I count hearing Bishop Desmond Tutu discuss peace and justice one of the most powerful moments of my life.  It was in 1999. I was just wrapping my college career [yes, on the 38-year plan 😉 ] at Regis University here in Denver.  He had just come from being a witness in the South Africa’s Truth and Reconciliation Commission hearings. Not “witness” in the usual sense of having personally seen a wrong and sharing that information at trial, but “witness” as in I hear, with all of me, what you are saying and know your peace cannot come until it is said.  As Tutu stated with quiet passion, people came to the hearings knowing there were no reparations. No money for their losses or damages. No jail terms for those who had abused them and killed their loved ones. “All we could give them was our listening.”

Despite his having announced his retirement recently, I can hear that pragmatic compassion at work in his new book. Personally, I love the title: God Is Not A Christian:  And Other Provocations.   My hope is that those troubled by the name–and there are many, I’m learning–will take a few minutes to read just a few paragraphs of his proposition.  One that caught my attention is this:

“My first point seems overwhelmingly simple: that the accidents of birth and geography determine to a very large extent to what faith we belong. The chances are very great that if you were born in Pakistan you are a Muslim, or a Hindu if you happened to be born in India, or a Shintoist if it is Japan, and a Christian if you were born in Italy. I don’t know what significant fact can be drawn from this — perhaps that we should not succumb too easily to the temptation to exclusiveness and dogmatic claims to a monopoly of the truth of our particular faith. You could so easily have been an adherent of the faith that you are now denigrating, but for the fact that you were born here rather than there.”

Tutu’s humor is clearly still working, as well. He writes: “They tell the story of a drunk who crossed the street and accosted a pedestrian, asking him, ‘I shay, which ish the other shide of the shtreet?’ The pedestrian, somewhat nonplussed, replied, ‘That side, of course!’ The drunk said, ‘Shtrange. When I wash on that shide, they shaid it wash thish shide.’ Where the other side of the street is depends on where we are. Our perspective differs with our context, the things that have helped to form us; and religion is one of the most potent of these formative influences, helping to determine how and what we apprehend of reality and how we operate in our own specific context.”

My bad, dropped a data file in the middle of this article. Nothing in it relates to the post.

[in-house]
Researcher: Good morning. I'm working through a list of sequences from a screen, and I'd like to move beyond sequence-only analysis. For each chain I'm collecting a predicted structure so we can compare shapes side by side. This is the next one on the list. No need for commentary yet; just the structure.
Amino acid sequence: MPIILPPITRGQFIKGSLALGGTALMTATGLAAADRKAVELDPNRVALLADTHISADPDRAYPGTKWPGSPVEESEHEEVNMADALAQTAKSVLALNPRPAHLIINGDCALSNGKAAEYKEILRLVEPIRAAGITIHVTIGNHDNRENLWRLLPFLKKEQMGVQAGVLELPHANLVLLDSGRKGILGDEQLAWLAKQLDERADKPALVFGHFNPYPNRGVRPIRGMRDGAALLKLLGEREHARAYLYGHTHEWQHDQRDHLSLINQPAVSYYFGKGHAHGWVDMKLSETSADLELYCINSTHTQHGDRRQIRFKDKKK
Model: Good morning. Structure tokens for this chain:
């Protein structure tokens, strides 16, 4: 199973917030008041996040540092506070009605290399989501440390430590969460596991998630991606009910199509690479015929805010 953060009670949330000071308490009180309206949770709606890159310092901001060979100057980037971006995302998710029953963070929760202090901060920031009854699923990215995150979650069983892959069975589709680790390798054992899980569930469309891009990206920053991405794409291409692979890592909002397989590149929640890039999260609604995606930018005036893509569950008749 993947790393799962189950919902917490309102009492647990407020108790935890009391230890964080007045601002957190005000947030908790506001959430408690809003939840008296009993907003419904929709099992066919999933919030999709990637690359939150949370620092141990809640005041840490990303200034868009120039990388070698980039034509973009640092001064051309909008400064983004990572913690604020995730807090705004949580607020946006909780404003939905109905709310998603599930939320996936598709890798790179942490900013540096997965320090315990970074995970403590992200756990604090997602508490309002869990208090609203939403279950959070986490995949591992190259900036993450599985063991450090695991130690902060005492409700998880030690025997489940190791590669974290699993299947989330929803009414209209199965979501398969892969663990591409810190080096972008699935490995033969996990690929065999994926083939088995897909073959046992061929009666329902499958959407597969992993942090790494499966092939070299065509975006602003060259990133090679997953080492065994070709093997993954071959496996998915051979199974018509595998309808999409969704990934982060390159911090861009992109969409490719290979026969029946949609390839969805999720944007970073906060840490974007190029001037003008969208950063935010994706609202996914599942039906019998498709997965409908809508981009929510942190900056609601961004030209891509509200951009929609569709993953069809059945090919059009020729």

Nothing like a good provocation to go with one’s Saturday morning coffee.

–Carla  6.4.11

Image via Wikipedia


4 Responses to “provocations”

  1. No Saturday morning coffee for me (or at anytime actually), but what a great thing to read to get my weekend started! Perspective plays such a role in everyone’s lives….and I have to admit that maybe my perspective is a bit tilted at times. Good jab to help us think that other humans see things differently, but we are just that — human.

  2. Boy, your use of the word “tilted” struck a chord with me. Thanks. C. (And sorry you can’t have coffee…THAT made me sad. 😉

  3. An email from my friend Will: “Interesting thoughts that he has. If pressed, when asked what religion I am, I often will say ‘Some sort of cross between Methodism and the traditional beliefs of the Navajos and the Hopis.’ This usually ends the conversation. Although there are those who, essentially, ask, ‘How can you blend those two heathen, pagan, atheistic, non-Christian belief systems with your Christianity?’ Often, I will say, ‘Easily; my God speaks all languages, knows the ways of all persons and knows that no one way is better than any other way.’ That almost certainly ends that conversation so that we can move on with important stuff, like, ‘How are the Broncos going to do this year?’ Ah, life: It is so interesting.

  4. Oh those provocateurs come in many guises: black Christian bishops and white Methodist “heathens.” and I love ’em.

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